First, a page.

HAL's "indefinite" strike paralyses India's sole aircraft manufacturer

The strike at India's biggest Defence PSU comes at a time when there's a renewed emphasis on indigenisation of Defence procurements. While the private sector alternate has not emerged at the pace at which it was expected to, the domineering public sector is still beset with issues of performance and legacy work culture, which has been put under the spotlight again by the HAL workers strike

October 16, 2019 By Vishal Thapar illustration(s): By Anoop Kamath Photo(s): By SP Guide Pubns

The "indefinite" strike by an estimated 20,000 employees of Hindustan Aeronautics Limited (HAL) continued for the third day on October 16, with talks between the management and the unions deadlocked.

The strike has crippled operations at all production centres of India's sole aircraft manufacturer, affecting critical work on the assembly lines of the Sukhoi-30MKI and LCA Mk 1 fighters, Advanced Light Helicopters and the upgrade of Mirage-2000 fighters.

The labour unrest is over demands for wage revision for workers at par with that for the executive class. Consequently, unions have sought a reported 35 per cent hike in wages and up to a 140 per cent increase in perks. These demands have been stonewalled by the management of the public sector behemoth, which has termed the strike as "illegal"

Unions have claimed success in disrupting work. "The response to our strike call has been overwhelming with all the employees abstaining from work in the nine production locations across the country," HAL Trade Union general Secretary S. Chandrasekhar was quoted in news reports.

The indefinite strike has put a harsh spotlight on issues of performance and a legacy public sector work culture which still bedevil HAL

The labour unrest is over demands for wage revision for workers at par with that for the executive class. Consequently, unions have sought a reported 35 per cent hike in wages and up to a 140 per cent increase in perks. These demands have been stonewalled by the management of the public sector behemoth, which has termed the strike as "illegal".

Eleven rounds of talks with the unions failed to avert the strike. In public statements, HAL management has termed the demands as "unviable", "unsustainable" and "untenable", and at variance with the wage agreements in other Defence PSUs.

HAL will be bidding for all forthcoming big ticket procurements, including the one for 114 multi-role fighter aircraft and another for 111 Naval Utility Helicopters under the new Strategic Partnership Model. It is also the production agency for the indigenously developed Light Combat Aircraft Tejas, for which a fresh order is in the offing. The aircraft manufacturing monopoly is also set to get an order for licensed manufacturing of 140 Ka-226 Light Utility Helicopters for the Indian Army. All these programmes represent critical operational requirements

The root of the contention appears to be the unwillingness of the management to concede a similar rate of revision to the workers as the one allowed for the executive class. The logic is that while the wage hike for the executives was effected after 10 years, the workers have one every five years. The wage deal with the workers has been hanging fire since 2017.

"There is no justification and rationale in the demand of the Unions to extend the benefits (fitment benefit and allowances) on par or more than executives, when salary revision of executives was effected from January 1, 2017 after stipulated 10 year period. The increase in respect of officers with effect from January 1, 2017 needs to be compared with the base of January 1, 2007. On the other hand, workmen have two wage revisions of five years periodicity during the same span. The revision needs to be settled keeping in view the increase derived by the officers from the 2007 scales to the 2017 scales and by the workmen from the 2007 scales to the 2012 scales and now 2012 to the 2017 scales," Gopal Sutar, the HAL spokesperson stated in a press release.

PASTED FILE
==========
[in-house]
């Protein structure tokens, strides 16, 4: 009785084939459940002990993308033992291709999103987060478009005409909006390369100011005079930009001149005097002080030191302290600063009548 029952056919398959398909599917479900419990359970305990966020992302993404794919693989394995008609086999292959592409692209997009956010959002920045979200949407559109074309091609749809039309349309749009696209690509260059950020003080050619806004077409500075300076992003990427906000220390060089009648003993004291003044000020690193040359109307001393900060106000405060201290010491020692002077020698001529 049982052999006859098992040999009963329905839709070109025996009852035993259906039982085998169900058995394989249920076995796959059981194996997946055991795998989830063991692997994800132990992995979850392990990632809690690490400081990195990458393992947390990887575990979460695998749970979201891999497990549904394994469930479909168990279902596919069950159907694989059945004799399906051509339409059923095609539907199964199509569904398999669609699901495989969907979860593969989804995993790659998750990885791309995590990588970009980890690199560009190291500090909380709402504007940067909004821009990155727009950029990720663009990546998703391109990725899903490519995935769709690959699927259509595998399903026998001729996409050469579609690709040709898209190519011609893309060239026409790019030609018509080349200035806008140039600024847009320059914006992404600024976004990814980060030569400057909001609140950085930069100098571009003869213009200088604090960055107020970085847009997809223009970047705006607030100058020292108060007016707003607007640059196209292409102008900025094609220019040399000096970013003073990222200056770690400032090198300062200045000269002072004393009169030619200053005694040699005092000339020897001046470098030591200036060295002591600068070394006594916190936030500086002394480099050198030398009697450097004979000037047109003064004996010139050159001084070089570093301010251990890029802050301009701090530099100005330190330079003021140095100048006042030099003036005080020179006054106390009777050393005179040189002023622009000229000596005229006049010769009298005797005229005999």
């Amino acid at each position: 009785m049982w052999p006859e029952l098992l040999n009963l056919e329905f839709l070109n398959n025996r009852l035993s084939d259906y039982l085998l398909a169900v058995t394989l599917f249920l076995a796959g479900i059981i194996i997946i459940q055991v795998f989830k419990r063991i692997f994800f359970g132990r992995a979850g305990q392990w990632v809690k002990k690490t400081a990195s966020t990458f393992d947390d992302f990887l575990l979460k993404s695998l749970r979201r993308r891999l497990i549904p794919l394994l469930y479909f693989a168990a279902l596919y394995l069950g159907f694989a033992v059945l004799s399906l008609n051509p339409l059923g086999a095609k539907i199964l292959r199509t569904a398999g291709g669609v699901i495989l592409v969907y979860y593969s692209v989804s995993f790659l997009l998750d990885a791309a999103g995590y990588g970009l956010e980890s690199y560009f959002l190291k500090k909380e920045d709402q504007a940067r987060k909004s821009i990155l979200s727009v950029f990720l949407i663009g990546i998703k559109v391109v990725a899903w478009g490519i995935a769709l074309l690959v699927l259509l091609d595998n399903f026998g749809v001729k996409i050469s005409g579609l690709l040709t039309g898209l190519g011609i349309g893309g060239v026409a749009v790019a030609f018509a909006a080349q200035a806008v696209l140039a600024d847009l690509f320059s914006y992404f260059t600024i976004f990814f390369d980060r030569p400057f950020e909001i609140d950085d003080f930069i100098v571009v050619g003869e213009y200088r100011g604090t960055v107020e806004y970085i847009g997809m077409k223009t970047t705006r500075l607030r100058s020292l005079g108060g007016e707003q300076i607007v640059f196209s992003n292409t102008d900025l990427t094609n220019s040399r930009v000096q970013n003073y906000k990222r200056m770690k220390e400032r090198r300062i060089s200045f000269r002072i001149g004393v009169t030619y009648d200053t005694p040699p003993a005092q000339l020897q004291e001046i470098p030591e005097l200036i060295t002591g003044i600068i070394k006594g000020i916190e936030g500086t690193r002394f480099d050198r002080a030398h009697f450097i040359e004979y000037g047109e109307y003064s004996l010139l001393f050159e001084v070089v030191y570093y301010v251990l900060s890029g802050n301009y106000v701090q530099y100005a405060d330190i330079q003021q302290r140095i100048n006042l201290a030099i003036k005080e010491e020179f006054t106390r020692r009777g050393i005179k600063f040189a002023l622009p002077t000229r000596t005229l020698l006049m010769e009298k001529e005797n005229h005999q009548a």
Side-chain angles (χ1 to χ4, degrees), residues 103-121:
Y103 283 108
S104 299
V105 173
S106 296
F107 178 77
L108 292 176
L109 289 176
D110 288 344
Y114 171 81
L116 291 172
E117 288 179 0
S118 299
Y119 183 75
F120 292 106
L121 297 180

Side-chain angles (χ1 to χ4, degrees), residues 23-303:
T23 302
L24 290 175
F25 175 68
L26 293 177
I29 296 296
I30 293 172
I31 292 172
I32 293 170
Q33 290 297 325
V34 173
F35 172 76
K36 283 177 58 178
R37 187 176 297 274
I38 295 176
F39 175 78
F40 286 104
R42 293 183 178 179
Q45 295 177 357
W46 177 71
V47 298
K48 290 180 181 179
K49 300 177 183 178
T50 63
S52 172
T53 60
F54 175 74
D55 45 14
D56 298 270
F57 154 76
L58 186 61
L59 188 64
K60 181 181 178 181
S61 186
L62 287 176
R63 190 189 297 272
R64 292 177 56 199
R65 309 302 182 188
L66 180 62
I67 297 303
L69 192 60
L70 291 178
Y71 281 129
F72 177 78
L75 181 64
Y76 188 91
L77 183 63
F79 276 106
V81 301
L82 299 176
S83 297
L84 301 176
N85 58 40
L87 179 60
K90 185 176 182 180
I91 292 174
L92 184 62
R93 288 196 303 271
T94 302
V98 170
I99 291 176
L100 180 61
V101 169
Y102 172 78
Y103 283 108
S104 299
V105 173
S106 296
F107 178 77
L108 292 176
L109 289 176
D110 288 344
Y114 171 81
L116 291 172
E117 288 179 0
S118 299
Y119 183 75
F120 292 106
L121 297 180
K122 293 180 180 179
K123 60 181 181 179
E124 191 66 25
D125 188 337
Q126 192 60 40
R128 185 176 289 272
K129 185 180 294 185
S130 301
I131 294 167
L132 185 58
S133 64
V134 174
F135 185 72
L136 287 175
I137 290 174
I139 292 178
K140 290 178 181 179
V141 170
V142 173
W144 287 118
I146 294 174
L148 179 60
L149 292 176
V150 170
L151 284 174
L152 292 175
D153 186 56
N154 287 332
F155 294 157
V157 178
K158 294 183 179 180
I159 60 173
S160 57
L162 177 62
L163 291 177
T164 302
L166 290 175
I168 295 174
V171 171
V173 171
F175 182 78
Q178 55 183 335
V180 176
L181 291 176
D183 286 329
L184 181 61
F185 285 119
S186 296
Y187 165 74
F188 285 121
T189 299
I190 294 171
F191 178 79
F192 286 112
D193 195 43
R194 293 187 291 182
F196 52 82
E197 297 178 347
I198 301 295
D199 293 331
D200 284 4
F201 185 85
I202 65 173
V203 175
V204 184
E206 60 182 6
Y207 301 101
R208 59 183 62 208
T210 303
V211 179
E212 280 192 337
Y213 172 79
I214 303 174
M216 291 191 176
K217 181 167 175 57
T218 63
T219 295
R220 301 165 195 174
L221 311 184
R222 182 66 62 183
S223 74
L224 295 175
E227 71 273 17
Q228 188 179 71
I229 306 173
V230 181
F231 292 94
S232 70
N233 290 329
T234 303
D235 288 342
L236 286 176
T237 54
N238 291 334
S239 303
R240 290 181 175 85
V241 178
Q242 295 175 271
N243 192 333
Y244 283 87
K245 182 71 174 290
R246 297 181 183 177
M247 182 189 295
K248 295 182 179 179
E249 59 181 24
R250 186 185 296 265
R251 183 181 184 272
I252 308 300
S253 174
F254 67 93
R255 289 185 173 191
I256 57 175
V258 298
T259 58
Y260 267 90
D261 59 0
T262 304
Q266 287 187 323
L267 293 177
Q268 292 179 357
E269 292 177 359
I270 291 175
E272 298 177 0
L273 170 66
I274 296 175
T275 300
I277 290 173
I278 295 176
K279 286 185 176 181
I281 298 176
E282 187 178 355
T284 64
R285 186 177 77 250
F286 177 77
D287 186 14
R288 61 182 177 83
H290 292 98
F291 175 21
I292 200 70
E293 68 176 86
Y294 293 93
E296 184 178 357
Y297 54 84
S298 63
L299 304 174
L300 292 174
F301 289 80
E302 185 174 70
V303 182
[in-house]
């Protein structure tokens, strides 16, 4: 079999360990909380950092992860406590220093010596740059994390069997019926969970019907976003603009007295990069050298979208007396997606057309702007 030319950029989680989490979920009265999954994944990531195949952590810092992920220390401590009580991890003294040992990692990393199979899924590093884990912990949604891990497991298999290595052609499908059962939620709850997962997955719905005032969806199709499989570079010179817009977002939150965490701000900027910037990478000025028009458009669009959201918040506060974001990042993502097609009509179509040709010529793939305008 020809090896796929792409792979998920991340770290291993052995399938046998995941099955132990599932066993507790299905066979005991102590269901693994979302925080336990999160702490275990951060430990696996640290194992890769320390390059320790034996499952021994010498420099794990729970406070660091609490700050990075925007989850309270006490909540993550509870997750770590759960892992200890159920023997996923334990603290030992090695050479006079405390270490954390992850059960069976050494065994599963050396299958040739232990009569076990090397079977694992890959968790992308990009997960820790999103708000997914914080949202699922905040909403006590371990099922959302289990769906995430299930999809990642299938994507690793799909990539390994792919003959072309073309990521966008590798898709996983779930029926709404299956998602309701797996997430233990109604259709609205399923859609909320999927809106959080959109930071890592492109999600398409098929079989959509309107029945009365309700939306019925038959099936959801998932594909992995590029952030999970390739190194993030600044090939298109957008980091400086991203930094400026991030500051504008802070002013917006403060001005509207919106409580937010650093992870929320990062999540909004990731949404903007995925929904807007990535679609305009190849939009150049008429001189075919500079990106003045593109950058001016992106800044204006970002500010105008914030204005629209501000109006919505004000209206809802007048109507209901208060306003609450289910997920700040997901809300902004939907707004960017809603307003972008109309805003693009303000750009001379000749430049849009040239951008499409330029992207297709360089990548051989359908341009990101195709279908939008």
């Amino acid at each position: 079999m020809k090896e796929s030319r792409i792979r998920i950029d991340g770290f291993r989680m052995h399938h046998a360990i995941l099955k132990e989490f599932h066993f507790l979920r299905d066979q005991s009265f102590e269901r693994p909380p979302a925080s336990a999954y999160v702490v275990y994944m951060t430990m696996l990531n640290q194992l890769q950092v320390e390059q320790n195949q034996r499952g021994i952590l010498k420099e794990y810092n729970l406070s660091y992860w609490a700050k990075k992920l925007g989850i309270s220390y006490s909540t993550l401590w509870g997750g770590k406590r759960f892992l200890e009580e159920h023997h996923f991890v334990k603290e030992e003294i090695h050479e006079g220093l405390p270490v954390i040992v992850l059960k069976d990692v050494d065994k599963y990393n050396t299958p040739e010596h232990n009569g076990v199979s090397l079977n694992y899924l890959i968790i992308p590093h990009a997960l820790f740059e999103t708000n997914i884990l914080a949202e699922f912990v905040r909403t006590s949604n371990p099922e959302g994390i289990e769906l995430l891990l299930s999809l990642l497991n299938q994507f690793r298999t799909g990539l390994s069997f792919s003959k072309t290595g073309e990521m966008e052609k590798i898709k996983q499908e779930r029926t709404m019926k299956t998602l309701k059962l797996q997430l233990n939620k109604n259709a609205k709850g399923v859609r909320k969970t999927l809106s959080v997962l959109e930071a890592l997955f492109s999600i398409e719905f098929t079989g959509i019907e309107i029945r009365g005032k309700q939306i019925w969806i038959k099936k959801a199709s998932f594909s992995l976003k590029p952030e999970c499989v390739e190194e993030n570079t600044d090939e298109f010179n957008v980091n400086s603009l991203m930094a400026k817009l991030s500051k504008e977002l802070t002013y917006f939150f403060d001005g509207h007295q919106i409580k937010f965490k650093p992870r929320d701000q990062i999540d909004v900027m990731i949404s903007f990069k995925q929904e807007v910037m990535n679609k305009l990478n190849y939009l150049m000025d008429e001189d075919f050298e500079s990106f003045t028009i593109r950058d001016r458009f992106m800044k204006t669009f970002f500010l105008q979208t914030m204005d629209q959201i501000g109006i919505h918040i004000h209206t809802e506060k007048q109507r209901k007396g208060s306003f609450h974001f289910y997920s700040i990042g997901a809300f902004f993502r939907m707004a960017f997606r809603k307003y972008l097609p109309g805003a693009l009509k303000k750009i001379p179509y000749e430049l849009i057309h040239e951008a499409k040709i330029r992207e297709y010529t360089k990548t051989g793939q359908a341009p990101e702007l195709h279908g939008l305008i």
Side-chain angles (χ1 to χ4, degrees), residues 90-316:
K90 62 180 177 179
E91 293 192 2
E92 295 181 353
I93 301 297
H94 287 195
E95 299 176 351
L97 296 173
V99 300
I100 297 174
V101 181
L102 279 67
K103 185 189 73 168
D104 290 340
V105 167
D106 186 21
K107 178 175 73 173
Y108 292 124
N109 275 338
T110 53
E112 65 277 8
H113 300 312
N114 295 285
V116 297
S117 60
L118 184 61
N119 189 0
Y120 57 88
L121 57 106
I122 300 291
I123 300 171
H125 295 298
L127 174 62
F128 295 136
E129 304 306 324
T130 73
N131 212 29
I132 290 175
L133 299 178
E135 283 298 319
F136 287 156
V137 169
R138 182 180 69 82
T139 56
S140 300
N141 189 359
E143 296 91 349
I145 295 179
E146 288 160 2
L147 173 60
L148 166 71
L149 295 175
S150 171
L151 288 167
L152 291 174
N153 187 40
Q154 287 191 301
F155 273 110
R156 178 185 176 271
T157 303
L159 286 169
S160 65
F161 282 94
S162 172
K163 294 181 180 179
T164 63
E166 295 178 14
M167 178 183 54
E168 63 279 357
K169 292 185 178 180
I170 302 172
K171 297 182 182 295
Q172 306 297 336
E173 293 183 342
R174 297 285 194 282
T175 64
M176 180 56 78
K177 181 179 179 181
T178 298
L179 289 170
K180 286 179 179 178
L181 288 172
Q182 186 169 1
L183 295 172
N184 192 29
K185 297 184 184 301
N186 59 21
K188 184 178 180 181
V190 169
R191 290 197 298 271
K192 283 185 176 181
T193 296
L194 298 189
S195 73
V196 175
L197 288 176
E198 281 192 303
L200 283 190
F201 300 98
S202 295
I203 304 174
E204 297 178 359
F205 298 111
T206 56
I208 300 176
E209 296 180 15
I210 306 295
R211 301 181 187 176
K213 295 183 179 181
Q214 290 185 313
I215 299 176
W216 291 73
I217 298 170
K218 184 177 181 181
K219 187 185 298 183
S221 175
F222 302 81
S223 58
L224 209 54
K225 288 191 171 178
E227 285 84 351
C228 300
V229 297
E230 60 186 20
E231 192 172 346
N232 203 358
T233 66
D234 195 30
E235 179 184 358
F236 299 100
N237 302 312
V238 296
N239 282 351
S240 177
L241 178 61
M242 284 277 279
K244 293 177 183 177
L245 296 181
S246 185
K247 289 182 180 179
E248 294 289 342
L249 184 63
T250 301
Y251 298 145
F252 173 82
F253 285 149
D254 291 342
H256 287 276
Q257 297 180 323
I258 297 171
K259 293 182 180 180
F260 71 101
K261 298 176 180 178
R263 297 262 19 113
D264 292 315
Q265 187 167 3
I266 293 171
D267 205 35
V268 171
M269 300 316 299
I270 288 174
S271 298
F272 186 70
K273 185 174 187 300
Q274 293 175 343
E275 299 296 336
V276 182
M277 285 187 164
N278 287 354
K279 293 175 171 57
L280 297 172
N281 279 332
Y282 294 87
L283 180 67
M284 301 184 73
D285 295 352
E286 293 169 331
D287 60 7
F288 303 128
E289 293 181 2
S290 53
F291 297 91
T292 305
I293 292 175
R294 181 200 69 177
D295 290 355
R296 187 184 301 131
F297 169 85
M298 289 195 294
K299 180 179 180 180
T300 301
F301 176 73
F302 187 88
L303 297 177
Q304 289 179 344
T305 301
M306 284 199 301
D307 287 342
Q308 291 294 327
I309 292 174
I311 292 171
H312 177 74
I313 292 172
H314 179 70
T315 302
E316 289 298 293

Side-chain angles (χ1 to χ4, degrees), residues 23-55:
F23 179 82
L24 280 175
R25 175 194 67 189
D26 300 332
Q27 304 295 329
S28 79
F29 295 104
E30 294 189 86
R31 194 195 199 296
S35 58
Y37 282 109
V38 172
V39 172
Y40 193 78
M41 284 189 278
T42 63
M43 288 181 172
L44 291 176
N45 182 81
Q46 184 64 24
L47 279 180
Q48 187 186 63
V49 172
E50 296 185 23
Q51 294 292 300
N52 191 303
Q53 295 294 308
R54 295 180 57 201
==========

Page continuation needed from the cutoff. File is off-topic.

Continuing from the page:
"Management has also offered to enhance allowances under Cafeteria system @ 22 per cent for workmen in Scale 1 to 10, and 20 per cent for workmen in Special Scale as against uniform rate of 19 per cent offered earlier and also assured that all the workmen will stand benefitted in terms of allowances on account of introduction of Cafeteria system....Management offered revised rate of Fitment benefit @11 per cent," the HAL spokesperson elaborated.

The strike at India's biggest Defence PSU comes at a time when there's a renewed emphasis on indigenisation of Defence procurements. While the private sector alternate has not emerged at the pace at which it was expected to, the domineering public sector is still beset with issues of performance and legacy work culture, which has been put under the spotlight again by the HAL workers strike.

HAL will be bidding for all forthcoming big ticket procurements, including the one for 114 multi-role fighter aircraft and another for 111 Naval Utility Helicopters under the new Strategic Partnership Model. It is also the production agency for the indigenously developed Light Combat Aircraft Tejas, for which a fresh order is in the offing. The aircraft manufacturing monopoly is also set to get an order for licensed manufacturing 140 Ka-226 Light Utility Helicopters for the Indian Army. All these programmes represent critical operational requirements.

Workers have so far not responded to appeals that their strike is harming India's defence readiness. "During the negotiations, the Wage negotiation committee also apprised the Unions the ill-effects of resorting to any Strike/agitation jeopardising the interest of the employees / Organization & the Nation at large," HAL statement added.